See Nic’s video from the passage Hawaii – Aleutien here!
More Pictures here!
Press Release Dutch Harbor, download here!
Kauai, our last warm anchorage
On 27-07-2013 we depart Kauai for Alaska. After a last clean-up at the Hanalei beach we met per chance Terry Lilley, a marine biologist. While he films underwater movies, he explores the north shore reef of Kauai and his habitations. Doing this he has discovered four news species. His goal is to create a model of a worldwide reef protection. Unfortunately it was only a short meeting because he had to leave for Honolulu, where he had an interview. Salina wants to go back and do some underwater movies.
With the passage wind (20-25 KN, north east wind) we sailed off in direction North West. A last rainbow said good bye. The north pacific is characterized by a high pressure between 40-50° N and 150° W -170° E. Our goal is to sail on the west side around this high pressure, marked by less wind and to reach the west winds in the north for sailing back to the Aleutian Islands. This summer Alaska knows a heat wave and so this high pressure is even more pronounced. Once we have passed 40°N the wind turns to south and drop down. We used this time window to fix some damage on Pachamama.
5 o’clock in the morning, the best moment without waves to put Dario up the mast for fixing our front sail and the forestay. Even with the small waves Dario did some acrobatic exercises on the top of the mast. After the hard work, Dario is again on board, Sabine discovered water in one of the front bathrooms. The kids shouted already that there is a leak in the boat and that we were sinking. A ‘through hall’ was damaged and we had to exchange it, avoiding too much water entering the boat. Quite a challenge on a passage like this… At lunchtime everybody was tired but happy that everything was fixed.
Now we had deserved shower. The nights were getting cold. The kids got their gloves, beanie and boots. The adults took out their warm sleeping bags.
The high pressure forced us to go further west to find some wind. Past the high pressure the water temperature dropped down to 3.4°.
Our heating did still not work, even we ordered spare parts for US 500.-. Dario is missing one switch for it. We hope TOPtoTOP member Nikolai can bring it to Kodiak from Switzerland?
On the north side of the high pressure, the wind was more unstable because we are in the weather kitchen of the north pacific. With each west front we got wind about 20-25kn NE. Dario was quite busy to study the weather data which changed every 2 hours.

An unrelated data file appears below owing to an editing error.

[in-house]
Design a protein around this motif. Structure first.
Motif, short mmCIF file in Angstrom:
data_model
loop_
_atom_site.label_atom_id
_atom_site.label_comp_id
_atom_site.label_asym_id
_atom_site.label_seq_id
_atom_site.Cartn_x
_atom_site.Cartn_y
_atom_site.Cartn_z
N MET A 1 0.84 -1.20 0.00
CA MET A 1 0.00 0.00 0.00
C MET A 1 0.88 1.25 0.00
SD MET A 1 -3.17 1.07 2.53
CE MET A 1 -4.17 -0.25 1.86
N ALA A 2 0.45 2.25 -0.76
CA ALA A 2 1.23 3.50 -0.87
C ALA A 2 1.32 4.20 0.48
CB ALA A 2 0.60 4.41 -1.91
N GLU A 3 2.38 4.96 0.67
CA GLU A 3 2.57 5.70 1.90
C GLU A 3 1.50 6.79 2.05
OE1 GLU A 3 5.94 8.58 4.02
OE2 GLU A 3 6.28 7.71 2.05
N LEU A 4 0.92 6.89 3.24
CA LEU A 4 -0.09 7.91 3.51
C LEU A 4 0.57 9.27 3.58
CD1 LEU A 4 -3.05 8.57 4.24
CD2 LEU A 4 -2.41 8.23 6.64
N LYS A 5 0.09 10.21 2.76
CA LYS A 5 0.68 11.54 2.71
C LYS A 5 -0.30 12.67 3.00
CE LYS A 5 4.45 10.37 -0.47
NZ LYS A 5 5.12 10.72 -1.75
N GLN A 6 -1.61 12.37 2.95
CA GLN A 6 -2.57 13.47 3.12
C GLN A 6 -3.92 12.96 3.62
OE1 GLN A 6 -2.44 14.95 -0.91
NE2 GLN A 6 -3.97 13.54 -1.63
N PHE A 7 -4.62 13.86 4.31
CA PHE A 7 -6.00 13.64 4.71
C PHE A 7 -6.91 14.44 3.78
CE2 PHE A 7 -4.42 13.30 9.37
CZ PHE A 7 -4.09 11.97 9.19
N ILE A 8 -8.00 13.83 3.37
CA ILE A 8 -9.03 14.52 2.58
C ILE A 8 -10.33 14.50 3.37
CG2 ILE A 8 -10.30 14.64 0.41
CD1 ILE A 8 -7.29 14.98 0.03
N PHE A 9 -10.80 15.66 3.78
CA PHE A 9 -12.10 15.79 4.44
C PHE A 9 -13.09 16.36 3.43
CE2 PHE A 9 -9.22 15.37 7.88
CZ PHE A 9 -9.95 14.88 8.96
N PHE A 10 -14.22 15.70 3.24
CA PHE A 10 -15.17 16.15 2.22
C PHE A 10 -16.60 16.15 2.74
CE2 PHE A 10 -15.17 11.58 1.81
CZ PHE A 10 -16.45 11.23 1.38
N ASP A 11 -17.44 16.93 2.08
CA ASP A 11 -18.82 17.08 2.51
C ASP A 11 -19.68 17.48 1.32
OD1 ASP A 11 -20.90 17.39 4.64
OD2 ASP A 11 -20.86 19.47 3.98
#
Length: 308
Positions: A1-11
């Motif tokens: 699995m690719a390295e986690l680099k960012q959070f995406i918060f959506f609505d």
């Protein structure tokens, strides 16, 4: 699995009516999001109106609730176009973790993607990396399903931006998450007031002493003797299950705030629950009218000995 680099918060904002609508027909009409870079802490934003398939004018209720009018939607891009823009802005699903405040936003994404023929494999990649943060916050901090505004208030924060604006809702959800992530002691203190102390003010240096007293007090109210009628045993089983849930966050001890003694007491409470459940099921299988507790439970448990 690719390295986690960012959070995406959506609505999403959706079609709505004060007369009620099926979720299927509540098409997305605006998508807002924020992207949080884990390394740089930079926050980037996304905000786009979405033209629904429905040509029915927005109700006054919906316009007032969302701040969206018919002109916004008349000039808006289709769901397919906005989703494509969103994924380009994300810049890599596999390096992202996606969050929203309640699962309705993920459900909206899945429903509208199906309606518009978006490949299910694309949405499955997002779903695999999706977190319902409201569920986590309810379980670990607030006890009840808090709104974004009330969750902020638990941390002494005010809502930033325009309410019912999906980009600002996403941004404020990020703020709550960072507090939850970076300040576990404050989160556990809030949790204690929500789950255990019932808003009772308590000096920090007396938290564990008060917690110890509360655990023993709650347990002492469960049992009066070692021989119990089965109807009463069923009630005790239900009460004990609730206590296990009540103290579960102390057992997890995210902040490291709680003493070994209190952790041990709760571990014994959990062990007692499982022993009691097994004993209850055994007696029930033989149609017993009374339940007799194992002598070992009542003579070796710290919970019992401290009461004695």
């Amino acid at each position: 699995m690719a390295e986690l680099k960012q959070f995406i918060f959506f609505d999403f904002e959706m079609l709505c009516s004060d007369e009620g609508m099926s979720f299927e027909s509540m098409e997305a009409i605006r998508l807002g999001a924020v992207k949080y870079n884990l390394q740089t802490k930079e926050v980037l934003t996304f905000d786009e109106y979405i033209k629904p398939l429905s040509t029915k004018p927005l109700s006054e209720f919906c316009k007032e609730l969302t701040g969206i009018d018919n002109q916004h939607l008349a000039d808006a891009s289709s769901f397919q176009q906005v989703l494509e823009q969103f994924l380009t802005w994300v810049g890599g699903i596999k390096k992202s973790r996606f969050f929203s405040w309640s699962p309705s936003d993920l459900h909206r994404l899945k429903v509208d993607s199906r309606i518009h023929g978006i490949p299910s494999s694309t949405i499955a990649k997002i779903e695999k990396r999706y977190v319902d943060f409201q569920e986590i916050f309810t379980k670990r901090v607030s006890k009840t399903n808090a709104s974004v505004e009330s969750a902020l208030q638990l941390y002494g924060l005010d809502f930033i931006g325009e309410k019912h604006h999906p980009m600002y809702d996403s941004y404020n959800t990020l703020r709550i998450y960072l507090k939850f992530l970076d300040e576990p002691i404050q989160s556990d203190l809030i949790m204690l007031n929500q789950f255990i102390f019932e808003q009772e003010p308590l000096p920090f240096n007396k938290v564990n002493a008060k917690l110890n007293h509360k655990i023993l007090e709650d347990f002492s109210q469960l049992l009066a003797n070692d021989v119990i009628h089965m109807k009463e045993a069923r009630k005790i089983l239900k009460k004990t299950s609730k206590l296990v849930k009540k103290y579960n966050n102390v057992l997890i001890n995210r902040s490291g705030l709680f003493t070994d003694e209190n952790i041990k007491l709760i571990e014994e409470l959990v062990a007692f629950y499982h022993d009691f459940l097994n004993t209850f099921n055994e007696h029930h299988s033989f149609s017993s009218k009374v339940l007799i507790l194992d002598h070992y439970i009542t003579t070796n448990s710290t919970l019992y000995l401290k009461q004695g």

Thanks to Jan Hafner, Fred (from SY Songline) and Eric (from SY Sarana) who provided us with great weather information.
Life on the boat is marked by the rhythm of the shifts and the kids. Nic, Christina und I had four two-hour shifts. Sabine looks for the food sometimes with help from Noe and Alegra, Dario for the navigation and repairs and with Sabine for maneuvers and reefing.
Salina and Andri have school in the morning with Christina while Sabine and Dario tell some history to Alegra and Noe or draw with them. After lunch there is homework to do and Nic teaches them in science and English. In the evening Sabine teaches Salina and Andri to play recorder. Nic was filming the life on board. You will see it soon.
Nicole was responsible for the water samples to study the radioactivity in the North Pacific from the nuclear disaster and to watch for debris in the ocean. Our water sample installation needs some modification for well working.
The end of our passage we are occupied with the preparation for the arrive in Alaska. The wind was tricky and so too the decision where to reach the land. Finally we decided to do some detour for Dutch Harbor where Nic can go off from Pachamama and fly back to Australia.
Thanks to Jill Fredston (from SY Companiera) we are already able to plan the cycling to Denali.
After 16 days on sea, we are for anger in a bay without name. So Dario decided to give her the name Sabine Bay (N 35.45.475 W 166.22.475).
The green island with the fjords and snow is very impressive after the last days dominated by the blue color.
After a short morning sail through a small passage with a lot of current, we are now in Dutch Harbor, back in the civilization. Everybody is happy to be in Alaska!